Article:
I knew before I finished this trip that my boots needed replacing, and I'd already decided that when the time came I'd put those 13-year-old six-pounders aside for winter, and get myself a pair of Limmer Light-Weight's for three-season use.
Walked into Ragged Mtn (Intervale, N.H., right down the road from Limmer), tried on the Light-Weight, walked 10 feet and exclaimed "Sold!"
Holy Cow. I thought my feet were happy before. Now I know what the "Limmer Lovefest" is all about.
Materials: 2.6mm Nubuck leather, glove leather lined, Norweigian welt.
Use: Rough trail w/heavy pack
Weight: 3.5 pounds at size 9, my size 12s would be more.
Price Paid: $250
I cannot say enough good things about Limmers. My first pair were Standards, purchased new at the NOLS outfitting store in preparation for my Instructors course in 1993. I could not find a rental boot that fit, so I was forced to begin my course by wearing a new pair of boots into the field. I generally wear a size 9.5 hiking boot but the folks in outfitting sized me in a 10 and required the boot to fit over two pair of VERY thick socks. The boots worked great on the course and I suffered no blisters. They were the first hiking boot I have experienced that offered the support to carry a 85 lb. pack but were not rigid and stiff to wear. They feature a deep notch at the back of the ankle that relieves all pressure at that point, and offer the best heel fit I have ever experienced. I bought the boots after the course but with the sock combination that I normally wear, I found them too big. I also wanted a little lighter weight boot because I refuse to ever carry a NOLS type load again! I decided to purchase the "Lightweight" model.
The name Lightweight is not accurate in terms of the boot's durability. They are light compared to Limmer Standards, but are heavier duty than most backpacking boots on the market and are better made than any other brand of boot. I like the "rocker" sole that is used on the Lightweights better than the sole on the Standard and I like the lighter weight. I again ignored the Limmer instructions and wore the new Lightweights on a backpacking trip straight out of the box. They were superb and I suffered no blisters or discomfort of any kind. I don't believe that you could do that with any other brand of heavy-duty boot.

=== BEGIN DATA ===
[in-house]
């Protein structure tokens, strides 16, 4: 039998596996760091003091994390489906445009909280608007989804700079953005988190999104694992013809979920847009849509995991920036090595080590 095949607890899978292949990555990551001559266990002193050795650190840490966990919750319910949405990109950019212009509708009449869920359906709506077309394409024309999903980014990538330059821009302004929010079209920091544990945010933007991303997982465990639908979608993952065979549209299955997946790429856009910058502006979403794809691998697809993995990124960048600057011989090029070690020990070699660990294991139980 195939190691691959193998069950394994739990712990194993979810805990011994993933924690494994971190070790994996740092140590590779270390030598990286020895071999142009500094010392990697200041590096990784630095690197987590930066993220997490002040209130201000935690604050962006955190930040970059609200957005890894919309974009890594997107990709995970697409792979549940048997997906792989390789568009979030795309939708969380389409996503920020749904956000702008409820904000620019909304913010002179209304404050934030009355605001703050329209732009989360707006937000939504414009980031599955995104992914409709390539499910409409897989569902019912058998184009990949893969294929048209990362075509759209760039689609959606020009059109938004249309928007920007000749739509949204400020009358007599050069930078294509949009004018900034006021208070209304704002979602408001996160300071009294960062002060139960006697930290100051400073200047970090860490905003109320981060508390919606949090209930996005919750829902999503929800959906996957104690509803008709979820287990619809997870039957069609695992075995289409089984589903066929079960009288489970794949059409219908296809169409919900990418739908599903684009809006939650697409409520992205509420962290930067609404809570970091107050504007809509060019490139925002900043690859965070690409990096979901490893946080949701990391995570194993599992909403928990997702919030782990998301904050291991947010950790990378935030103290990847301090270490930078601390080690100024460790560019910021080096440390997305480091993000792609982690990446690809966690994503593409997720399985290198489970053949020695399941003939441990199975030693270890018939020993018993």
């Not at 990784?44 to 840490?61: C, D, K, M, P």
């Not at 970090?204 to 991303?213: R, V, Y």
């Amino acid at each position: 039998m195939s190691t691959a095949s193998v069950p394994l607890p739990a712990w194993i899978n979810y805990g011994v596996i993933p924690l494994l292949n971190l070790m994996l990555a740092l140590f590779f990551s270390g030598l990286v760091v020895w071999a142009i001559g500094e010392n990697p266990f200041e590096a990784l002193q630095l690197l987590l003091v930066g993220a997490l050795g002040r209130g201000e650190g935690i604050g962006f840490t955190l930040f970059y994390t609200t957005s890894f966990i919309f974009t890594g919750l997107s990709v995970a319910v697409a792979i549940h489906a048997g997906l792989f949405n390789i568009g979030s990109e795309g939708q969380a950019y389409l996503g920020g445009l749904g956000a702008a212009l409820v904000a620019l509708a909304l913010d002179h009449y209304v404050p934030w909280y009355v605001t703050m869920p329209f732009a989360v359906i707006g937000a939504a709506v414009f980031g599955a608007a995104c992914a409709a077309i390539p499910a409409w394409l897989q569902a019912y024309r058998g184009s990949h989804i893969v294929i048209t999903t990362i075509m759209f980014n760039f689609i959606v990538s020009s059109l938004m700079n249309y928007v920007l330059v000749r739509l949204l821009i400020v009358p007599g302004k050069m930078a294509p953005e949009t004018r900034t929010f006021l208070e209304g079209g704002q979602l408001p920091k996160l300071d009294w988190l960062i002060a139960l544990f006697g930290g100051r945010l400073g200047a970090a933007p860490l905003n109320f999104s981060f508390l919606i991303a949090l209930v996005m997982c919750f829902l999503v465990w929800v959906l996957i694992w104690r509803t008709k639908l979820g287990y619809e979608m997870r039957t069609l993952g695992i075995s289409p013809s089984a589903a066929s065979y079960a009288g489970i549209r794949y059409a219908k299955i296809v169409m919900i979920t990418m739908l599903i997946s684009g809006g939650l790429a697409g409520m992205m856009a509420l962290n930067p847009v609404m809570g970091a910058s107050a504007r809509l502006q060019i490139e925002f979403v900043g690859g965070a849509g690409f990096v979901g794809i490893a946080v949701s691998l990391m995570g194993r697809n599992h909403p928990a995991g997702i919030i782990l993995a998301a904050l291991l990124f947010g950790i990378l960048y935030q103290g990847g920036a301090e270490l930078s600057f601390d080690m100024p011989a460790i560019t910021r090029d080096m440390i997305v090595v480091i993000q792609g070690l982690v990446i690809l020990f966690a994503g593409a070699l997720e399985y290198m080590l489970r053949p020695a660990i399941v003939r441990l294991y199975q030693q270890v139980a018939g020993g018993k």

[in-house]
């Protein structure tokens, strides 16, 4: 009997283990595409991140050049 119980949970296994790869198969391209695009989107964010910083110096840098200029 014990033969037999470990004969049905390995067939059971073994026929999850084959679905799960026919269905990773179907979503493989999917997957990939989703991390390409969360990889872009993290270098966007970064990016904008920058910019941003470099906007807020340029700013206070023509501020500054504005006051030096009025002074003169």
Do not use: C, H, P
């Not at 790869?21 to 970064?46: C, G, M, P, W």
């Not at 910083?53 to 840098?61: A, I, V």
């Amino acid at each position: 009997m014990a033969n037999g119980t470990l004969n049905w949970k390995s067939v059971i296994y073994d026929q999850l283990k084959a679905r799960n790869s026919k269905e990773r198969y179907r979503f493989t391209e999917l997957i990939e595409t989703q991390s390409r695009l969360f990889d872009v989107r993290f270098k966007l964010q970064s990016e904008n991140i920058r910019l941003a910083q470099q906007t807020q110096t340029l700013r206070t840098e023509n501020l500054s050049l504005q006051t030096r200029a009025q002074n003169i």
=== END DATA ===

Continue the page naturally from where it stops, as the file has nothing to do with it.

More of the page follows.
As far as choosing a particular model, I believe that you should:
Choose the Standards if you are of average build but carry a very heavy load (65 lbs and up), or are large and carry a medium to heavy load, and hike in really rugged terrain or often go off-trail.
Choose the Midweights if you are of average to large build, carry a medium to heavy load (45 to 75 lbs), and hike in really rugged terrain but generally stay on trails.
Choose the Lightweights if you are female, or a small-to-average built male, carry a average load (40 to 65 lbs.), and hike in rugged terrain but generally stay on trails.
I have been so impressed by Limmers that I purchased the Limmer "Walker" (a tyrolean walking shoe) and wear them all during the fall, winter and spring as my every day shoes.
You simply cannot purchase a better boot.
Materials: Full Grain Leather
Use: general backpacking w/moderately heavy pack
Break-in Period: One NOLS Instructors course
Weight: 3 lbs. 5 oz. per pair
Price Paid: $245
Purchased these boots last fall and they are without a doubt, the last pair of leather boots I will ever buy. (OK - maybe the last pair for the next 15 years). The heel lockup is perfect, the stiffness of the boot just right, and the overall comfort is excellent. You can't go wrong with these boots. If you can make the trip to Intervale to make your purchase, it is well worth the time. Ken and Peter really deliver on customer service and making sure you leave with the right boots and fit.
HINT: Although these are sold as "off the shelf" boots, the leather treatment process completed in Germany is still completed by hand. This results in slightly different fits within the same size. Make sure you try on at least 2-3 different pairs. (once you find your size)
Break-in Period: 3 weeks
Weight: 3lbs 9 oz (size 9)
Price Paid: $235